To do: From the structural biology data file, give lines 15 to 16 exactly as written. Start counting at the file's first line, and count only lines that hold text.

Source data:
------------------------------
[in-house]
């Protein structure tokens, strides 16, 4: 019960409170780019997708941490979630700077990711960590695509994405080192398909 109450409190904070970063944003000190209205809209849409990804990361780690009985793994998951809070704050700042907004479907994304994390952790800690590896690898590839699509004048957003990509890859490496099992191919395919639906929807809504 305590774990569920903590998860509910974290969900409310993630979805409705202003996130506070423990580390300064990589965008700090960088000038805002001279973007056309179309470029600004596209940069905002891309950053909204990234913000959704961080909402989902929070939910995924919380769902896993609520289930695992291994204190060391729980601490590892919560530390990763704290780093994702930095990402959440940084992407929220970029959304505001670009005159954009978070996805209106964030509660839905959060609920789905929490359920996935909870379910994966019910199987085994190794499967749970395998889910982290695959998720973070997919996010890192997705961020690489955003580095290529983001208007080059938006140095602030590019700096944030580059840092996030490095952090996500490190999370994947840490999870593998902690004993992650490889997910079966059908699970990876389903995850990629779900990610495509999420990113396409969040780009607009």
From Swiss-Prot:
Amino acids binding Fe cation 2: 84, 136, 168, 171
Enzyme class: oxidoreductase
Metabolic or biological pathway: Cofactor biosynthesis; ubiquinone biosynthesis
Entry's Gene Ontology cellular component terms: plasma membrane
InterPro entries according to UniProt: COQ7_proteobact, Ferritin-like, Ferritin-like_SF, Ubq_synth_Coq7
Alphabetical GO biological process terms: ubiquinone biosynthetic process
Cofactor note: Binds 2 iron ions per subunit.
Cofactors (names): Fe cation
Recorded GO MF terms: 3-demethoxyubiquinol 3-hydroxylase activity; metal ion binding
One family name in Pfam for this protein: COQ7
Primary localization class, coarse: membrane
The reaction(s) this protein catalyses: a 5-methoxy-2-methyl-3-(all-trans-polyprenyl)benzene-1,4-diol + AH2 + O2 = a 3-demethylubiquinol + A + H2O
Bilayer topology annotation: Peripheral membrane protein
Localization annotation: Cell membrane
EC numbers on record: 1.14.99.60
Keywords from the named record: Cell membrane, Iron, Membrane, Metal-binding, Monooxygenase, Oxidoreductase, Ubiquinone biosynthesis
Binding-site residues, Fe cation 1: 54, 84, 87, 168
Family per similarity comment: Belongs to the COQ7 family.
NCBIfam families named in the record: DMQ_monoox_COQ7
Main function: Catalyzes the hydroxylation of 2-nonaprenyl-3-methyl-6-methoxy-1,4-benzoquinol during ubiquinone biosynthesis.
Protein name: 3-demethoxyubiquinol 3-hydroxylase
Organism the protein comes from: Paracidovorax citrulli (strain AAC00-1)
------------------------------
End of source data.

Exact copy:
The reaction(s) this protein catalyses: a 5-methoxy-2-methyl-3-(all-trans-polyprenyl)benzene-1,4-diol + AH2 + O2 = a 3-demethylubiquinol + A + H2O
Bilayer topology annotation: Peripheral membrane protein